A new Georgia law will allow the Ten Commandments back in Georgia government buildings. Governor Sonny Perdue signed the bill into law yesterday. News 12 is On Your Side with what this could mean here at home.
Church and State: some think they go together. Charlie Grant wants the Ten Commandments back in government buildings.
"If you're a Christian, how do you not want it up?" he said.
But not everyone is a Christian. Some argue mixing religion and the government violates civil rights.
It all dates back to a 2003 ruling that forced an Alabama courthouse to take down its copy of the Ten Commandments.
"It's been around for years, so I don't think it should be removed," said Tammy Dunbar.
Dunbar, along with 4 out of 5 Americans according to a Gallup poll, disagrees with the ruling.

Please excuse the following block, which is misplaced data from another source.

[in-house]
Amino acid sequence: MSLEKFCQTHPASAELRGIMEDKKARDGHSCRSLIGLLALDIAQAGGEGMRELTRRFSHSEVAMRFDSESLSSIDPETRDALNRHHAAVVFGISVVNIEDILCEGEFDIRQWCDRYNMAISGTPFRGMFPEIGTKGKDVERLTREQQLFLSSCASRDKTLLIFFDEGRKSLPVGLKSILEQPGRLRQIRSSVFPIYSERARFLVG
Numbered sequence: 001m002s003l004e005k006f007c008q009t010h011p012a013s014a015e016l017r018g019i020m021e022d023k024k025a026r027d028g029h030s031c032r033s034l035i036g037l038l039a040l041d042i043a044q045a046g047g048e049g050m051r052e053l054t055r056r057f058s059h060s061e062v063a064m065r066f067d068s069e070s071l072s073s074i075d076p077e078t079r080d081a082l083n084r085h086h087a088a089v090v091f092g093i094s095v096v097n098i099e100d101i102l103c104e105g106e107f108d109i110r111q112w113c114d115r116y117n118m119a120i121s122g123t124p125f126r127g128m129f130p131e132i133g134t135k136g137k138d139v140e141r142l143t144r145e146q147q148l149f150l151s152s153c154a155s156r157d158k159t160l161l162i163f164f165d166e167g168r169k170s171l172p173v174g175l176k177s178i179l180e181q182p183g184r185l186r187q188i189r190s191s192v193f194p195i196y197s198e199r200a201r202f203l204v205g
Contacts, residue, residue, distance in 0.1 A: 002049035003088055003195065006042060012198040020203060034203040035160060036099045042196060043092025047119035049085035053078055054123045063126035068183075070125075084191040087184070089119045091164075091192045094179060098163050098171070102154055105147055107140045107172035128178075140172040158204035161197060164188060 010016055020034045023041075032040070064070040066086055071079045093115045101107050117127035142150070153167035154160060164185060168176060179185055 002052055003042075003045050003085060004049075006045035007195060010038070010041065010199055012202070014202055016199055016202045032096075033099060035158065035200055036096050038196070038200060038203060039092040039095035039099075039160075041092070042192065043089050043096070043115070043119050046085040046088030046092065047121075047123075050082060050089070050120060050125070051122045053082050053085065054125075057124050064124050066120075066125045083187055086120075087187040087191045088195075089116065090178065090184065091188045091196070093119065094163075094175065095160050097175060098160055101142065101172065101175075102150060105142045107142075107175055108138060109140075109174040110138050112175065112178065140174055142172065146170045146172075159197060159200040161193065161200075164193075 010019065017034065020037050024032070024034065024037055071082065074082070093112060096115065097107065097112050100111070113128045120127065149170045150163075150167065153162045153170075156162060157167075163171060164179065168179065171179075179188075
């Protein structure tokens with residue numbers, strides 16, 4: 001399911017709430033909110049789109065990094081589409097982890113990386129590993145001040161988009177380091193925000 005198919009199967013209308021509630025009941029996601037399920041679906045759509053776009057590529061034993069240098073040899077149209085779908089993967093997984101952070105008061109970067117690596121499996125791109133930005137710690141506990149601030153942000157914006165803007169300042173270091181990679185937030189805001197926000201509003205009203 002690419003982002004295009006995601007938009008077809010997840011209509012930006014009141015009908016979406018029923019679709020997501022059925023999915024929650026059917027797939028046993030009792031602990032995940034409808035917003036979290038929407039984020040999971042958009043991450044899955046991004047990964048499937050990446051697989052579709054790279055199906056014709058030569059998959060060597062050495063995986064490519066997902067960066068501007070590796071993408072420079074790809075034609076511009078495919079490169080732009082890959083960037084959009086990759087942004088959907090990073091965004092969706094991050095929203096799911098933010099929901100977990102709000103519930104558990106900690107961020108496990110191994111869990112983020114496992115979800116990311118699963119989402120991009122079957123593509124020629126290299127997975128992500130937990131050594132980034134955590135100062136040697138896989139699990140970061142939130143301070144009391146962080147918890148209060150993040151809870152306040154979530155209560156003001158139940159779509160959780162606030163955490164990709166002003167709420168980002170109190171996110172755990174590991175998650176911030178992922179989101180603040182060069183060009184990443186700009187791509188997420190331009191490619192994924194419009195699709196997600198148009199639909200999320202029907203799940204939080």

The way it is now, you won't see anything about God or religion at the Richmond County courthouse, or any other government building.
All you will see on the walls are legal documents. But the Roman numerals I through X on the Richmond County Superior Court seal represent the Ten Commandments. A 2003 ruling said it's legal because it serves a secular purpose.
Mayor Deke Copenhaver says he supports posting the document.
"I'm all for the public display of historic documents, so I'd be okay with it," he says. "I think it may get people upset, but I think the vast majority would be okay with it."
The governor also signed a law that will allow the Bible to be taught in public schools as a historical and literary text.
Viewers with disabilities can get assistance accessing this station's FCC Public Inspection File by contacting the station with the information listed below. Questions or concerns relating to the accessibility of the FCC's online public file system should be directed to the FCC at 888-225-5322, 888-835-5322 (TTY), or firstname.lastname@example.org.